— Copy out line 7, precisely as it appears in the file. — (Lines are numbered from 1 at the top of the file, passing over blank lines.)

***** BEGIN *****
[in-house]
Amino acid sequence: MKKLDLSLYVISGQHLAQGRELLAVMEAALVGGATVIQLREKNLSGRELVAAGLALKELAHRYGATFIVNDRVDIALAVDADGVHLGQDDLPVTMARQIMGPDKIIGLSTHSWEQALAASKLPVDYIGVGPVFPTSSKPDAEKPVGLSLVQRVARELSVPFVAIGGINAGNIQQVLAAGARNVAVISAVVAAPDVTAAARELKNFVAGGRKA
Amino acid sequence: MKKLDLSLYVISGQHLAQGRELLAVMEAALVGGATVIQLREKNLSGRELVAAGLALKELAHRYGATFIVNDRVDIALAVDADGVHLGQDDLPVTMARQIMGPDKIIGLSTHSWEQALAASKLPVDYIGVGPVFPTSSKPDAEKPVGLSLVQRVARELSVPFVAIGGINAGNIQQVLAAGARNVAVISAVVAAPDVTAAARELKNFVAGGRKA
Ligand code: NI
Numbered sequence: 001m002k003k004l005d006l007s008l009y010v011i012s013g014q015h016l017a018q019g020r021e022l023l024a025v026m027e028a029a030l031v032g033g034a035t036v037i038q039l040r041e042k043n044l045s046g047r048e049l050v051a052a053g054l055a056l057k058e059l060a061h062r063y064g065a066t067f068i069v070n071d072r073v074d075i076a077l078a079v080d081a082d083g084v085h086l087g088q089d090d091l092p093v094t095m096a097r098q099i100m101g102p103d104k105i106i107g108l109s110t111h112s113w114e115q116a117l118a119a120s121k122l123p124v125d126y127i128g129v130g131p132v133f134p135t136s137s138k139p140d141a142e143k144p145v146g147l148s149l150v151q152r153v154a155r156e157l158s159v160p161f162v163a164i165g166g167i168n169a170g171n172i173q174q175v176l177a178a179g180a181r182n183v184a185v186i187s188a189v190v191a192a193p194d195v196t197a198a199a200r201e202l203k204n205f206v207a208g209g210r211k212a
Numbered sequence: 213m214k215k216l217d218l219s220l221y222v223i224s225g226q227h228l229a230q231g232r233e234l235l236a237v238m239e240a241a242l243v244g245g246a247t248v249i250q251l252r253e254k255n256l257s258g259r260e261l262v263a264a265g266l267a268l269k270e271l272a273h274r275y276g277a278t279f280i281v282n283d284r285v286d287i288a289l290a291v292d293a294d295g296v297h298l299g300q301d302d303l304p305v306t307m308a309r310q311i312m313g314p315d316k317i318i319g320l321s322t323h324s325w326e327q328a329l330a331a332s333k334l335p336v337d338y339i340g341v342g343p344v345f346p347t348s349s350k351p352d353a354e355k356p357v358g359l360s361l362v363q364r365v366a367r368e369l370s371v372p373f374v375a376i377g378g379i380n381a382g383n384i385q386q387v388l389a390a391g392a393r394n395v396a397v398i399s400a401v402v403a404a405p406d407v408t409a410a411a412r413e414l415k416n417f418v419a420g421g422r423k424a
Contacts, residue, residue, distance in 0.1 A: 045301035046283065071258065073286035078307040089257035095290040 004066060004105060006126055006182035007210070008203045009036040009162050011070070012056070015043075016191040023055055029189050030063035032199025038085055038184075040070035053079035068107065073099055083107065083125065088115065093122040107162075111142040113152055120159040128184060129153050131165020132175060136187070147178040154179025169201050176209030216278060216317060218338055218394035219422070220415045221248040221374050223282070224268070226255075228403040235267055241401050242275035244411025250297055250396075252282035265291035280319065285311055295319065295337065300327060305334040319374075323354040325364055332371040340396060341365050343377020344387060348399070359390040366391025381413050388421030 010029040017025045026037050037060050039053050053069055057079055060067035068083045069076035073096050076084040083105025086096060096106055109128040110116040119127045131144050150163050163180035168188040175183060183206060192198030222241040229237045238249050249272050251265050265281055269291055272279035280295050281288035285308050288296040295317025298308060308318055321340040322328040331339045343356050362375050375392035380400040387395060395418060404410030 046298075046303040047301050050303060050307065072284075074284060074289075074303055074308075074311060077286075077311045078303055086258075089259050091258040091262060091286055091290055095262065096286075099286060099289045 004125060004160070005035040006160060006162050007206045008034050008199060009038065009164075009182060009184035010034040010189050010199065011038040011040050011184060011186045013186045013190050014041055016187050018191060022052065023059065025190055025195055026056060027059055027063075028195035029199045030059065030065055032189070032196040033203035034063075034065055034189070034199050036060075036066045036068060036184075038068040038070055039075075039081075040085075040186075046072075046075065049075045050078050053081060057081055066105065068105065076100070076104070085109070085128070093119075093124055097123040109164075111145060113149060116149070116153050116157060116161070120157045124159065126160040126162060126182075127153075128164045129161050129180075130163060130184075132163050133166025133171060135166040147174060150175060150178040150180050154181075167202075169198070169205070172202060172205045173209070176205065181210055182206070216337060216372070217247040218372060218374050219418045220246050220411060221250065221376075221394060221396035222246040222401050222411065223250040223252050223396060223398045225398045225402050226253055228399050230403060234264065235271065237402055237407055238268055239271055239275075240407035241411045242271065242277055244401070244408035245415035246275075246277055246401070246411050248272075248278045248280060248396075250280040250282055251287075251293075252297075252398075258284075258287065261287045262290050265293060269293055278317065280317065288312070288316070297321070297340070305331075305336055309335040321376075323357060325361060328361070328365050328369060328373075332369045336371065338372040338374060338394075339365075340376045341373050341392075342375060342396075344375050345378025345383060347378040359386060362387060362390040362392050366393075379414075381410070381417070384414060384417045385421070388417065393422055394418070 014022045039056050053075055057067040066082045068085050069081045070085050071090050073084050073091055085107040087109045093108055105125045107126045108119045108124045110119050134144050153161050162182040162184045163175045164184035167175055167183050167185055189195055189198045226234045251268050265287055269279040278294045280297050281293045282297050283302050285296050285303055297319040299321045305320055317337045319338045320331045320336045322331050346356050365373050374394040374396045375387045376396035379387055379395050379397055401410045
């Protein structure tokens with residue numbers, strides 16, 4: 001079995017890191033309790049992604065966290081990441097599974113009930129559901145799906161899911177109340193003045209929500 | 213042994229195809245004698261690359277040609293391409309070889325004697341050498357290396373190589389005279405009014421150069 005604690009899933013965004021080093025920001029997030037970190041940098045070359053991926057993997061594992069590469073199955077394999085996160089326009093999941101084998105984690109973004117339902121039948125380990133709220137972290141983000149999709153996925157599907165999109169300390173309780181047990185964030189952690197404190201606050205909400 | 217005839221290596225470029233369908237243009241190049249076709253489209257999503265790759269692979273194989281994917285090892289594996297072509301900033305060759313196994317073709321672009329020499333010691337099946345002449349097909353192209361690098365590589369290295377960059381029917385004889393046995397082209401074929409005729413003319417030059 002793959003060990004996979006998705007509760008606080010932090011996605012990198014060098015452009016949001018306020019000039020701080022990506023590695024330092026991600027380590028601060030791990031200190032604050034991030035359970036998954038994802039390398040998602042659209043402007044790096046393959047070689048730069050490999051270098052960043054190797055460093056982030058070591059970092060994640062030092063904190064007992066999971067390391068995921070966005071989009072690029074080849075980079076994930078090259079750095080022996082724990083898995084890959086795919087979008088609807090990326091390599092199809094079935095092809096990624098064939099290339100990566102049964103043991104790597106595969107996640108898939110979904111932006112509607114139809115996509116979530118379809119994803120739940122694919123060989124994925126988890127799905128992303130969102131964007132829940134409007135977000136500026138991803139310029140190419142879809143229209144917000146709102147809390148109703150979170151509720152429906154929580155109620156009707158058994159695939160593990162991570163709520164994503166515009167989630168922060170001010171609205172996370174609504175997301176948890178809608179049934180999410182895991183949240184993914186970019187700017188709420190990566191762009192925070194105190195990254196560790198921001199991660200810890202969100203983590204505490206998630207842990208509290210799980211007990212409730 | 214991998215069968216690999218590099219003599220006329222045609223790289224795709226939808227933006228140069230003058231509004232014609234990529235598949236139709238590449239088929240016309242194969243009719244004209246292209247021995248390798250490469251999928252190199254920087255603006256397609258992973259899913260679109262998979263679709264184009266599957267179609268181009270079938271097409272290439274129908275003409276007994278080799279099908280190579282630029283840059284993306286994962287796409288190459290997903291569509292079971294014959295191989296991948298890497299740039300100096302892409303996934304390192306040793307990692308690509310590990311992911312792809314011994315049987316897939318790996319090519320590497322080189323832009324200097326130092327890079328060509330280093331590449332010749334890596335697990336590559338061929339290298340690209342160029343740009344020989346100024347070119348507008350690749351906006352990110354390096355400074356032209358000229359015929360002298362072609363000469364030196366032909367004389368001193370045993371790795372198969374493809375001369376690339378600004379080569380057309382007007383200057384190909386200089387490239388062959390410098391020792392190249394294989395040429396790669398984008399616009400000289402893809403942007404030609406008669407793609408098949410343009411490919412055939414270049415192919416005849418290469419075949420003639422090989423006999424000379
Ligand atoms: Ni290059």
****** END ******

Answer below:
Contacts, residue, residue, distance in 0.1 A: 045301035046283065071258065073286035078307040089257035095290040 004066060004105060006126055006182035007210070008203045009036040009162050011070070012056070015043075016191040023055055029189050030063035032199025038085055038184075040070035053079035068107065073099055083107065083125065088115065093122040107162075111142040113152055120159040128184060129153050131165020132175060136187070147178040154179025169201050176209030216278060216317060218338055218394035219422070220415045221248040221374050223282070224268070226255075228403040235267055241401050242275035244411025250297055250396075252282035265291035280319065285311055295319065295337065300327060305334040319374075323354040325364055332371040340396060341365050343377020344387060348399070359390040366391025381413050388421030 010029040017025045026037050037060050039053050053069055057079055060067035068083045069076035073096050076084040083105025086096060096106055109128040110116040119127045131144050150163050163180035168188040175183060183206060192198030222241040229237045238249050249272050251265050265281055269291055272279035280295050281288035285308050288296040295317025298308060308318055321340040322328040331339045343356050362375050375392035380400040387395060395418060404410030 046298075046303040047301050050303060050307065072284075074284060074289075074303055074308075074311060077286075077311045078303055086258075089259050091258040091262060091286055091290055095262065096286075099286060099289045 004125060004160070005035040006160060006162050007206045008034050008199060009038065009164075009182060009184035010034040010189050010199065011038040011040050011184060011186045013186045013190050014041055016187050018191060022052065023059065025190055025195055026056060027059055027063075028195035029199045030059065030065055032189070032196040033203035034063075034065055034189070034199050036060075036066045036068060036184075038068040038070055039075075039081075040085075040186075046072075046075065049075045050078050053081060057081055066105065068105065076100070076104070085109070085128070093119075093124055097123040109164075111145060113149060116149070116153050116157060116161070120157045124159065126160040126162060126182075127153075128164045129161050129180075130163060130184075132163050133166025133171060135166040147174060150175060150178040150180050154181075167202075169198070169205070172202060172205045173209070176205065181210055182206070216337060216372070217247040218372060218374050219418045220246050220411060221250065221376075221394060221396035222246040222401050222411065223250040223252050223396060223398045225398045225402050226253055228399050230403060234264065235271065237402055237407055238268055239271055239275075240407035241411045242271065242277055244401070244408035245415035246275075246277055246401070246411050248272075248278045248280060248396075250280040250282055251287075251293075252297075252398075258284075258287065261287045262290050265293060269293055278317065280317065288312070288316070297321070297340070305331075305336055309335040321376075323357060325361060328361070328365050328369060328373075332369045336371065338372040338374060338394075339365075340376045341373050341392075342375060342396075344375050345378025345383060347378040359386060362387060362390040362392050366393075379414075381410070381417070384414060384417045385421070388417065393422055394418070 014022045039056050053075055057067040066082045068085050069081045070085050071090050073084050073091055085107040087109045093108055105125045107126045108119045108124045110119050134144050153161050162182040162184045163175045164184035167175055167183050167185055189195055189198045226234045251268050265287055269279040278294045280297050281293045282297050283302050285296050285303055297319040299321045305320055317337045319338045320331045320336045322331050346356050365373050374394040374396045375387045376396035379387055379395050379397055401410045